discontent. >> what we've seen is largely peaceful where i am, but there was an incident, people in some voting stations have not vetted, saying their names are not in the voter's register. in some place, the registers are missing altogether. in one area, more than 3,000 people there still haven't voted by the time polls were closing. they were very angry. it's still very tense. riot police had to be called in. these regular hearts don't seem to be widespread. counting now begins. the electoral commission has a week to announce the results. spokes people want to finish this in three or four days. >> made up of the mainland and archipelago of zanzibar, an analyst said the people of
zanzibar want more control over their own affairs. >> the mantra al all all over td is for change, chain not only in government, but change in the very structure have the union between the two countries of the mainland and zanzibar, which formed the united republic of tanzania. the people are clamoring for more autonomy and want actually a union based on treaty between these two countries, while the c.c.m. is for the existing structure of two governments leading to possibly a unity state. the question is if it is defeated, relinquish power or whether they will try to hold them to power as they've done for the past over 50 years. >> now aid workers in the yemeni city of taiz say a military block called is making it
impossible to help the city's most vulnerable. heavy fighting between pro-government forces and houthis continues. hundreds of people have been killed over the past seven months. we have this report. >> yemenese in taiz can find no logic here. saudi-led air raids are meant to back these pro government fighters, a mix of professional soldiers and tribesmen, but they're having a hard time dislodging the houthis. >> our message to the houthis is that taiz by the support of its men, women and youth is steadfast and will not be defeated. >> convincing the people of taiz is another matter. they remain under siege.
houthi fighters have encircled the city. basic necessities, fresh food and water can't get in. what's left is very expensive. there are just six barely functioning hospitals left in a city of 600,000. doctors are short of nearly everything, including oxygen, anesthetics and antibiotics. >> now that the country is completely destroyed, who are we forced to have a dialogue with? all sides should be put on trial. >> they keep shelling our neighborhoods. we don't see the point of talks. the government should come and see the suffering of the people. >> the houthis keep killing yemenese. there was a 12 month dialogue and they staged a coup. >> the rebel group say they staged a coup to ensure a fairer distribution of the countries wealth. the only thing that is being created is more poverty. >> we've got a lot more to come on this news hour, including four babies dying in one week from inhaling toxic fumes, as a dangerous haze engulfs parts of
>> you're with al jazeera and these are our top stories. european leaders currently in brussels for a summit on the refugee crisis, a draft plan promised the deployment of more than 400 border guards to the western balkans to deal with the influx. >> new measures agreed to over the al aqsa mosque compound. a palestinian woman has been shot dead and israeli man was reported to be stabbed in a series of incidents in the occupied west bank. >> syrian president bashar al assad says he's ready to take part in elections and that a political solution to end the war is possible. he says a political deal would depend on eliminating what he calls terrorist organizations. >> a member of the syrian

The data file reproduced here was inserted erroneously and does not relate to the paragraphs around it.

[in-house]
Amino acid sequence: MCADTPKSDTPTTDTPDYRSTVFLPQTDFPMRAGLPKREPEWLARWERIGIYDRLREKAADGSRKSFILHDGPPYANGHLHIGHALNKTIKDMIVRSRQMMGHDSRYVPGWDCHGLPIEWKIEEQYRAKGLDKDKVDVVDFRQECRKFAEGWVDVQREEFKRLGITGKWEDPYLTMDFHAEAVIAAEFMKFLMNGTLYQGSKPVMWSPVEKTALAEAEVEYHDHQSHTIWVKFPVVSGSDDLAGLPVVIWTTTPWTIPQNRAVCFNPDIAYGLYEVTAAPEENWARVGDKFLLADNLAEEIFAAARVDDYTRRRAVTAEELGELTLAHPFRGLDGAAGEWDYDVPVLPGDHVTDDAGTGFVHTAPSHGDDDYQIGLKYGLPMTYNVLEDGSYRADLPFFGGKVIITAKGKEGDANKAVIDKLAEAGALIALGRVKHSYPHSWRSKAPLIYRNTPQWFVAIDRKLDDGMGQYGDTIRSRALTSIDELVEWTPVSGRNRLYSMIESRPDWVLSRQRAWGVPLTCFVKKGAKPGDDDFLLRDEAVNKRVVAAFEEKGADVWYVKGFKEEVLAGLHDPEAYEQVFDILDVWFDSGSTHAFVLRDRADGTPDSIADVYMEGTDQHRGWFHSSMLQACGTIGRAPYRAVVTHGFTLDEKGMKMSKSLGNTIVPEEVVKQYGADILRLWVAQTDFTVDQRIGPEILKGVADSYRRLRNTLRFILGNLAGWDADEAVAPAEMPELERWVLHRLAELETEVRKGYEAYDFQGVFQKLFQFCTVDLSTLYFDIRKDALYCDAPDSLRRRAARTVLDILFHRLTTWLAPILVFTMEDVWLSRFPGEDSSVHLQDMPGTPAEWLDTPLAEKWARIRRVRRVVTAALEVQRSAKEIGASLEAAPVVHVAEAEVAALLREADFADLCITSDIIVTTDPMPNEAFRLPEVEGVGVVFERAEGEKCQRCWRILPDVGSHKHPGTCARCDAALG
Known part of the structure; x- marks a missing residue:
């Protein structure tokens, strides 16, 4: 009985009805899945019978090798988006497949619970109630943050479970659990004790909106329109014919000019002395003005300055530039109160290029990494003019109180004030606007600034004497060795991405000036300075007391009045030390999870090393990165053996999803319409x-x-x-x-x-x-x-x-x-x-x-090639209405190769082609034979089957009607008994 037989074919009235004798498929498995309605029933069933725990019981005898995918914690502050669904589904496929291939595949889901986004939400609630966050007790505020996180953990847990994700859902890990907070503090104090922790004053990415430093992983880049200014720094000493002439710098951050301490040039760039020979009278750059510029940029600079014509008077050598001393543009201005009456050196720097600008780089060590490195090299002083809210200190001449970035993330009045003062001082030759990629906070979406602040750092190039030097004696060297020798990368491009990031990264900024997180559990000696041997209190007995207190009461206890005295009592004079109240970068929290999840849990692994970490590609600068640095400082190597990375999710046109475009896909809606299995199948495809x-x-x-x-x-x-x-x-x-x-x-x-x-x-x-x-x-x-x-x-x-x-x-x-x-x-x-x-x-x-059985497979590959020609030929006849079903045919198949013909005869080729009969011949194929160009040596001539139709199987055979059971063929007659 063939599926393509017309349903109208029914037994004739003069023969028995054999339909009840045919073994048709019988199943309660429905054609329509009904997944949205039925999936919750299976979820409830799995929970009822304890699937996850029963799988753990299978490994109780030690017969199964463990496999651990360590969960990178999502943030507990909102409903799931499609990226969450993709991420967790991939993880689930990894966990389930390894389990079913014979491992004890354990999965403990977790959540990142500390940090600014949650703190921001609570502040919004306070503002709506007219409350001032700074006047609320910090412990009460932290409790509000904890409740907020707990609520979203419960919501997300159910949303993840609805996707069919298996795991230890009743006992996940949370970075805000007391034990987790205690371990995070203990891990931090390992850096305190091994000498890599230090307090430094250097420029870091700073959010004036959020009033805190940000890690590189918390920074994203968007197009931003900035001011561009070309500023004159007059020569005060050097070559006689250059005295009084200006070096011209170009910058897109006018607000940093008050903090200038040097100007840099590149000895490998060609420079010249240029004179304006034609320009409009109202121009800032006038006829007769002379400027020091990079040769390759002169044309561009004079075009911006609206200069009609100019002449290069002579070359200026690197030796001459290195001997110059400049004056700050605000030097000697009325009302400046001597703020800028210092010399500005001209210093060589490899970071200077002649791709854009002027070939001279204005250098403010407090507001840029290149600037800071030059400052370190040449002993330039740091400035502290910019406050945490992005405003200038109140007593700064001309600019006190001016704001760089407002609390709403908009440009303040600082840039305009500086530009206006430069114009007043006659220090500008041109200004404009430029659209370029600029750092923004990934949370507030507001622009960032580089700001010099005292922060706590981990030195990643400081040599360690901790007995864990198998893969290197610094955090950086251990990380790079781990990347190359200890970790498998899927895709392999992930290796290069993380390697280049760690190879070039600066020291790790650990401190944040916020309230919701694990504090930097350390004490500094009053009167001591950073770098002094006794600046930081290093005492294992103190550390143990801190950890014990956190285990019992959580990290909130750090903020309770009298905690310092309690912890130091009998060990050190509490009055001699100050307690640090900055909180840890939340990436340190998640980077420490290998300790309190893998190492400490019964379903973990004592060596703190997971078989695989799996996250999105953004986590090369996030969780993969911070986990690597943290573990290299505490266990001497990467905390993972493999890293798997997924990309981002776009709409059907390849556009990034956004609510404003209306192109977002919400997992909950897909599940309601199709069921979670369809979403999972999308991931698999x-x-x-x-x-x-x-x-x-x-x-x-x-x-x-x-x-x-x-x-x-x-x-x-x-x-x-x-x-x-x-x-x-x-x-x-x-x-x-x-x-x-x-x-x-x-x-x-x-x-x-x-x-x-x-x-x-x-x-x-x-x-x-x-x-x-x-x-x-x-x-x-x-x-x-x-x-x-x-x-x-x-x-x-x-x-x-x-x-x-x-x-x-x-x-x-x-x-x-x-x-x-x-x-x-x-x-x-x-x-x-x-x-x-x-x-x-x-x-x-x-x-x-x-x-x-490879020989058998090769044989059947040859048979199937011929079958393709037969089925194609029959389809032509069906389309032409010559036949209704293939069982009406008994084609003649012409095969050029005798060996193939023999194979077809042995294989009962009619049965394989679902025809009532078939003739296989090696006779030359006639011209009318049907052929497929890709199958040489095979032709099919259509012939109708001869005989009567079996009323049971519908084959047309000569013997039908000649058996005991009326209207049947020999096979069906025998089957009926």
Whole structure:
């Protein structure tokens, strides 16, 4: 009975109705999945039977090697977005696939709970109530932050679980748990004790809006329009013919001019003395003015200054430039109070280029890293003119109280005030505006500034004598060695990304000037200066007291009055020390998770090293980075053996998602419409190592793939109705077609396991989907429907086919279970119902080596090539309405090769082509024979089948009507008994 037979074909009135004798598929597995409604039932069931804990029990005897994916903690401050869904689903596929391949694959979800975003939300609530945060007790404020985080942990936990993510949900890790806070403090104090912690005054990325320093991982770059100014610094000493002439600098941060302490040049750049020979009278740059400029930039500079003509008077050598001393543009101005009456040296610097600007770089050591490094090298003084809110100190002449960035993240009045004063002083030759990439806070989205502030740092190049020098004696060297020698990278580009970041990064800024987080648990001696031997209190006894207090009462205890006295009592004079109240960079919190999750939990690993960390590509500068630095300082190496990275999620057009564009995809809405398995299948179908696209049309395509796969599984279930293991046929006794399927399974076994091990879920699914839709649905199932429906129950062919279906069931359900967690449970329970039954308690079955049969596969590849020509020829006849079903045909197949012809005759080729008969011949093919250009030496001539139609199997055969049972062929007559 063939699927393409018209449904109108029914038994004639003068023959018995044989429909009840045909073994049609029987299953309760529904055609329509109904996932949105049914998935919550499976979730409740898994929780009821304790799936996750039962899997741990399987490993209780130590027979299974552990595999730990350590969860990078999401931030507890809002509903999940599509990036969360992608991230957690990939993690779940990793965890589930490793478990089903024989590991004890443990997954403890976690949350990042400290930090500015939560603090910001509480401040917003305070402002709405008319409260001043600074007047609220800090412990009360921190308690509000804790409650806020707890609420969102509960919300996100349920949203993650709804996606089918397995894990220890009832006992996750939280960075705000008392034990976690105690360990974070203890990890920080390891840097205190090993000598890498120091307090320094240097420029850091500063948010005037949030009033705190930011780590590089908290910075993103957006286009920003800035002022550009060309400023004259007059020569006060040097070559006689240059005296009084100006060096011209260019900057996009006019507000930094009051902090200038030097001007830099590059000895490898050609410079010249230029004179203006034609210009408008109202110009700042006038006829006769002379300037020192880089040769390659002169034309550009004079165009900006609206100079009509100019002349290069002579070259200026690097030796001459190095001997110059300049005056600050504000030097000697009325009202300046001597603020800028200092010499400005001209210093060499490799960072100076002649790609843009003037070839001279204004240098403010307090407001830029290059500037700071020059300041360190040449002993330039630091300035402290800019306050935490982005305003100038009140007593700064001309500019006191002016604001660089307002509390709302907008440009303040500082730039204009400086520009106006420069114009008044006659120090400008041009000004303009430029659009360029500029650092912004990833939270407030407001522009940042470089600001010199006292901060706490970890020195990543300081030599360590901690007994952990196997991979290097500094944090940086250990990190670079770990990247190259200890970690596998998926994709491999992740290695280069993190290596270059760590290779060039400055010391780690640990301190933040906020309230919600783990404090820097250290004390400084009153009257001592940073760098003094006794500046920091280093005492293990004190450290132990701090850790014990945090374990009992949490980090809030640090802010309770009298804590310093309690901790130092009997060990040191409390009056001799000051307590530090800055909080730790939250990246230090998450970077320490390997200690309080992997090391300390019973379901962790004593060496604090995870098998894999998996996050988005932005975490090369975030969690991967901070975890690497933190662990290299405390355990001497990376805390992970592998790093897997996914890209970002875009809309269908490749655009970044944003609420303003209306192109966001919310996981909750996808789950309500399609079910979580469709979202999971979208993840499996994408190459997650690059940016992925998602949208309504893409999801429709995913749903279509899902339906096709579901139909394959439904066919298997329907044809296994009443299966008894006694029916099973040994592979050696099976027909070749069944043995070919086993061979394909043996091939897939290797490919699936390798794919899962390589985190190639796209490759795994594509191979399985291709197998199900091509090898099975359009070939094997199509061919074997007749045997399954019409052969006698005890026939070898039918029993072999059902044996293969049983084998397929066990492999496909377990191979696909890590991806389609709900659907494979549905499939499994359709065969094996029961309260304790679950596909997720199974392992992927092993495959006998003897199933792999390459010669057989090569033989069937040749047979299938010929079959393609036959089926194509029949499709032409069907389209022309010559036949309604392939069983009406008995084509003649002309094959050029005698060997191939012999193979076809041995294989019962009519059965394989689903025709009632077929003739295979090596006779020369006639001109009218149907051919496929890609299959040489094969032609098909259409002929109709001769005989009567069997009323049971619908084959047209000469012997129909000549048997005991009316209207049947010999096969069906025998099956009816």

opposition and professor of political science here in doha, thank you for coming in. what do you make of all this talk that seems to be gathering momentum of there being a political process and elections held? >> clearly the russians realizing that the assad's militia's will not be able to take over, and to bring them a victory that they want, and so now, they are looking at possible political solution. the problem is that they have insisted also on bashar al assad, and his removal is the condition for a real transformation in syria. >> indeed, the saudi foreign ministers reiterated as he visits cairo. mr. half recover, the russian foreign minister recently said that president assad will be willing to enter into some form
of dialogue and enter to this process with what he called the patriotic opposition. >> i consider myself to be patrick opposition. in fact most of the people fighting bashar al assad are patriots. he is the one who has. the problem is he is now a war criminal. i don't think a foreign power would have made as much destruction as he has in syria. there's no possibility for syrians to back the one who killed their kids and destroyed their cities. he is not a serious person. listen to his pronouncements and speeches. he is very clever. he is very -- always maneuver. he tried to oversmart others,
that's what he thinks, but he is not into reconciliation. this is a time for transition, for change, they'll argue with the one who had all the opportunities to have the dialogue in years. >> i hear exactly what you're saying, but this also might be a time of compromise. you might not be able to get everything that you want. might you have to consider that you have to deal with an assad in at least what is being described as a transition period. is that something that you can count nance? >> everybody has to compromise. with him, there is no prospect for change. he has promised and he said he has even achieved change. he is, you know, he is deceptive, not truthful.